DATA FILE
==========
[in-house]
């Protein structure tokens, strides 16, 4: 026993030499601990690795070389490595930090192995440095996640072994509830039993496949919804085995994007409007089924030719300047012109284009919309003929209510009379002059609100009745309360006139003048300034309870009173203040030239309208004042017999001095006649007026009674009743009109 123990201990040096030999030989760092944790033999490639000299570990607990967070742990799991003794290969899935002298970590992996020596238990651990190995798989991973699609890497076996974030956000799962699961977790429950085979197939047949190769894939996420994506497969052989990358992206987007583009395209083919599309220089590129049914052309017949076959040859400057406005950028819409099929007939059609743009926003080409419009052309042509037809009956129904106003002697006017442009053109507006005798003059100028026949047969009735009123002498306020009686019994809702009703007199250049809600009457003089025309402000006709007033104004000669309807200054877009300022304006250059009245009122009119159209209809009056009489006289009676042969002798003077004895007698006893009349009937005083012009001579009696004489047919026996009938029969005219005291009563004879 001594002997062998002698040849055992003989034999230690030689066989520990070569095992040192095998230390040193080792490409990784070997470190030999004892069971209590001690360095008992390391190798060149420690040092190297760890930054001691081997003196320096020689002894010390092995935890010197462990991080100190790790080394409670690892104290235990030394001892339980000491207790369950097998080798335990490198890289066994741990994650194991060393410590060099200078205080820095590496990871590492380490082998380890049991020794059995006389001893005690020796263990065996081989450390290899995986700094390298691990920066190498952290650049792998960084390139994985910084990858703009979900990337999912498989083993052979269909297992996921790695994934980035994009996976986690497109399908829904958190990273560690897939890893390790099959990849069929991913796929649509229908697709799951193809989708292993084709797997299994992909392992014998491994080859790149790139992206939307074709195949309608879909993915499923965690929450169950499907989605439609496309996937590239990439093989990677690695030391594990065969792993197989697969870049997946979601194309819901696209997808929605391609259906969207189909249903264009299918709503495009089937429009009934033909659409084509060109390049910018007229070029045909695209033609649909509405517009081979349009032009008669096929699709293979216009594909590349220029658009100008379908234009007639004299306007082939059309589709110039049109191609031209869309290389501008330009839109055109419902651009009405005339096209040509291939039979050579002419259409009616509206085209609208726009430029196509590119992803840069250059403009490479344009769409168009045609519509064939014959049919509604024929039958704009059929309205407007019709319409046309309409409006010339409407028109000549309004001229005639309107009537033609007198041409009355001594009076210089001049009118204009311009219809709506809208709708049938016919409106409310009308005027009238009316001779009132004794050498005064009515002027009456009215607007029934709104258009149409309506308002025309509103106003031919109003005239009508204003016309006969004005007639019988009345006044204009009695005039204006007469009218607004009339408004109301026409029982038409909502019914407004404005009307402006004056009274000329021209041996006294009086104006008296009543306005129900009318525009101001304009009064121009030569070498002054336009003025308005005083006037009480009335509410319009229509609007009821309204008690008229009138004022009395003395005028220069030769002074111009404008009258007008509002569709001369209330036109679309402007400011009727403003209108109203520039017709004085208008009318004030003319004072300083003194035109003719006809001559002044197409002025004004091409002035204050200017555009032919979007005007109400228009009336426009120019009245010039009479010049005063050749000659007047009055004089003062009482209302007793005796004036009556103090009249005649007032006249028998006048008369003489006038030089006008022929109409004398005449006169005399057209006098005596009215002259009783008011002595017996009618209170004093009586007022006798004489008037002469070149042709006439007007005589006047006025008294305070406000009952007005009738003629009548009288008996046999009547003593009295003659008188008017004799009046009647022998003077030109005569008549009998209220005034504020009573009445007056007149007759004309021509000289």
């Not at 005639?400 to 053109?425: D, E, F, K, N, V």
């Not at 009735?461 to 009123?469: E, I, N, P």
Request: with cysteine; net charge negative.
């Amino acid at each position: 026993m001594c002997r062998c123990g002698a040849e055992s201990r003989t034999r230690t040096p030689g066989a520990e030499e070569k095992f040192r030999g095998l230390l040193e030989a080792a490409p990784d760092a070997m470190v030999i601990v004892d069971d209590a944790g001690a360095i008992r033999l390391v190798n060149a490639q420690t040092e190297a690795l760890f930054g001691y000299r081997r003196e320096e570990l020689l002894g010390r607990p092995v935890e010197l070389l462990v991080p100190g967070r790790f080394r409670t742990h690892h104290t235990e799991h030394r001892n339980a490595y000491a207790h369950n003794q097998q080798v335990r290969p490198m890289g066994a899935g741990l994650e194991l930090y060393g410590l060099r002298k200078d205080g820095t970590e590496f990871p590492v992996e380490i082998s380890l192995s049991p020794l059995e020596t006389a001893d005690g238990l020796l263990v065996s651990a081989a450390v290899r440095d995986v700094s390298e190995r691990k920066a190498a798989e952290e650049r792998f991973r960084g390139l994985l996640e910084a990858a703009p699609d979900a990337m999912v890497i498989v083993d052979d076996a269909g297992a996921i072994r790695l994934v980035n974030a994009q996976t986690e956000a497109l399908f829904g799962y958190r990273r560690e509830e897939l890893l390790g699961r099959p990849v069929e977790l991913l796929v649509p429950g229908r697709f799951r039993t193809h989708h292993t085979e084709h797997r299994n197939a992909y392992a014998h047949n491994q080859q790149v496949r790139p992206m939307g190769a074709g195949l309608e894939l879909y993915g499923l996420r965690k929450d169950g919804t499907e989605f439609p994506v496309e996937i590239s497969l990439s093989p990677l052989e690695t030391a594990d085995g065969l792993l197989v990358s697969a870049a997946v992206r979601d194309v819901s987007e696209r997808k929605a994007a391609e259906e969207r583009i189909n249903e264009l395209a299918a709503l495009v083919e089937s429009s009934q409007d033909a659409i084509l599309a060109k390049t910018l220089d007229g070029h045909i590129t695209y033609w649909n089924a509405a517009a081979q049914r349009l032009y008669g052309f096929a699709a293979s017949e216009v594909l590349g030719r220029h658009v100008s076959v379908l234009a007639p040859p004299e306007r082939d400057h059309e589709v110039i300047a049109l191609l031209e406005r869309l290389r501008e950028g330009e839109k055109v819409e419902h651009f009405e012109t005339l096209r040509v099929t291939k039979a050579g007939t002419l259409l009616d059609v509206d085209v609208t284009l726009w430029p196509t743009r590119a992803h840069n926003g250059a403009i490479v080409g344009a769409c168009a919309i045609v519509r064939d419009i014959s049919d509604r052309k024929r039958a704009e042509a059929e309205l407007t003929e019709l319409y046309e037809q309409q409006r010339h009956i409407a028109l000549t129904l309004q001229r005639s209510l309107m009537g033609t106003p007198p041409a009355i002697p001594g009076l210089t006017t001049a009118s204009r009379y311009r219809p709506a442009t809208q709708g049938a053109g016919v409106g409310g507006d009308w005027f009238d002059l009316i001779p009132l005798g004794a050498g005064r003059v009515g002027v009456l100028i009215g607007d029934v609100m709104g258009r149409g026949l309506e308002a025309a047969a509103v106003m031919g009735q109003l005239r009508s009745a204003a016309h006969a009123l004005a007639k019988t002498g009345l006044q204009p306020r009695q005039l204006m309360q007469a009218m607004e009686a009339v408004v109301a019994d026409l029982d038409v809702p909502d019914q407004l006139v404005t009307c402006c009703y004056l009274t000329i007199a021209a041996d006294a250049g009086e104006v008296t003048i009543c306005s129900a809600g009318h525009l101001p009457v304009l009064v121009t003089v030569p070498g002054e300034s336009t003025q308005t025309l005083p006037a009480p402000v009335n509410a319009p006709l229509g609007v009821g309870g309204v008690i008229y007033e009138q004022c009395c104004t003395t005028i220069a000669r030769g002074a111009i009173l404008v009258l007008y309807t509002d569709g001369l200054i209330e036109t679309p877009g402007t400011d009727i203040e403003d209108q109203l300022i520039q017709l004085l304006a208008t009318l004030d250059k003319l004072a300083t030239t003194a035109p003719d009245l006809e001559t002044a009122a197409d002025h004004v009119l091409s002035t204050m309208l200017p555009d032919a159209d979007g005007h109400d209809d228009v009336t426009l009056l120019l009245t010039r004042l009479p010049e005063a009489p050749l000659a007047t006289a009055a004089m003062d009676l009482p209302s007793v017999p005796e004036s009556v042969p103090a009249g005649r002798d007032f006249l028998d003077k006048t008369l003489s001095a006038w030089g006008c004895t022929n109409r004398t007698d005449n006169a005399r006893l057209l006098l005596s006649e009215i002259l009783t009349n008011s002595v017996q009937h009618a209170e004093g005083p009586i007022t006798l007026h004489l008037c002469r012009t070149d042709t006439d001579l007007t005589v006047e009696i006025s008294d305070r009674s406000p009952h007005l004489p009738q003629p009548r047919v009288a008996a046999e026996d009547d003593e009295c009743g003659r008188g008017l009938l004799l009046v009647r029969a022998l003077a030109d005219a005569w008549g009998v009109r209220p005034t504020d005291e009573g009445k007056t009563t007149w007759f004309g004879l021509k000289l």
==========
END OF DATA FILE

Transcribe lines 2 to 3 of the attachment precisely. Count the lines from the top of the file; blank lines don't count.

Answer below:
């Protein structure tokens, strides 16, 4: 026993030499601990690795070389490595930090192995440095996640072994509830039993496949919804085995994007409007089924030719300047012109284009919309003929209510009379002059609100009745309360006139003048300034309870009173203040030239309208004042017999001095006649007026009674009743009109 123990201990040096030999030989760092944790033999490639000299570990607990967070742990799991003794290969899935002298970590992996020596238990651990190995798989991973699609890497076996974030956000799962699961977790429950085979197939047949190769894939996420994506497969052989990358992206987007583009395209083919599309220089590129049914052309017949076959040859400057406005950028819409099929007939059609743009926003080409419009052309042509037809009956129904106003002697006017442009053109507006005798003059100028026949047969009735009123002498306020009686019994809702009703007199250049809600009457003089025309402000006709007033104004000669309807200054877009300022304006250059009245009122009119159209209809009056009489006289009676042969002798003077004895007698006893009349009937005083012009001579009696004489047919026996009938029969005219005291009563004879 001594002997062998002698040849055992003989034999230690030689066989520990070569095992040192095998230390040193080792490409990784070997470190030999004892069971209590001690360095008992390391190798060149420690040092190297760890930054001691081997003196320096020689002894010390092995935890010197462990991080100190790790080394409670690892104290235990030394001892339980000491207790369950097998080798335990490198890289066994741990994650194991060393410590060099200078205080820095590496990871590492380490082998380890049991020794059995006389001893005690020796263990065996081989450390290899995986700094390298691990920066190498952290650049792998960084390139994985910084990858703009979900990337999912498989083993052979269909297992996921790695994934980035994009996976986690497109399908829904958190990273560690897939890893390790099959990849069929991913796929649509229908697709799951193809989708292993084709797997299994992909392992014998491994080859790149790139992206939307074709195949309608879909993915499923965690929450169950499907989605439609496309996937590239990439093989990677690695030391594990065969792993197989697969870049997946979601194309819901696209997808929605391609259906969207189909249903264009299918709503495009089937429009009934033909659409084509060109390049910018007229070029045909695209033609649909509405517009081979349009032009008669096929699709293979216009594909590349220029658009100008379908234009007639004299306007082939059309589709110039049109191609031209869309290389501008330009839109055109419902651009009405005339096209040509291939039979050579002419259409009616509206085209609208726009430029196509590119992803840069250059403009490479344009769409168009045609519509064939014959049919509604024929039958704009059929309205407007019709319409046309309409409006010339409407028109000549309004001229005639309107009537033609007198041409009355001594009076210089001049009118204009311009219809709506809208709708049938016919409106409310009308005027009238009316001779009132004794050498005064009515002027009456009215607007029934709104258009149409309506308002025309509103106003031919109003005239009508204003016309006969004005007639019988009345006044204009009695005039204006007469009218607004009339408004109301026409029982038409909502019914407004404005009307402006004056009274000329021209041996006294009086104006008296009543306005129900009318525009101001304009009064121009030569070498002054336009003025308005005083006037009480009335509410319009229509609007009821309204008690008229009138004022009395003395005028220069030769002074111009404008009258007008509002569709001369209330036109679309402007400011009727403003209108109203520039017709004085208008009318004030003319004072300083003194035109003719006809001559002044197409002025004004091409002035204050200017555009032919979007005007109400228009009336426009120019009245010039009479010049005063050749000659007047009055004089003062009482209302007793005796004036009556103090009249005649007032006249028998006048008369003489006038030089006008022929109409004398005449006169005399057209006098005596009215002259009783008011002595017996009618209170004093009586007022006798004489008037002469070149042709006439007007005589006047006025008294305070406000009952007005009738003629009548009288008996046999009547003593009295003659008188008017004799009046009647022998003077030109005569008549009998209220005034504020009573009445007056007149007759004309021509000289």
């Not at 005639?400 to 053109?425: D, E, F, K, N, V």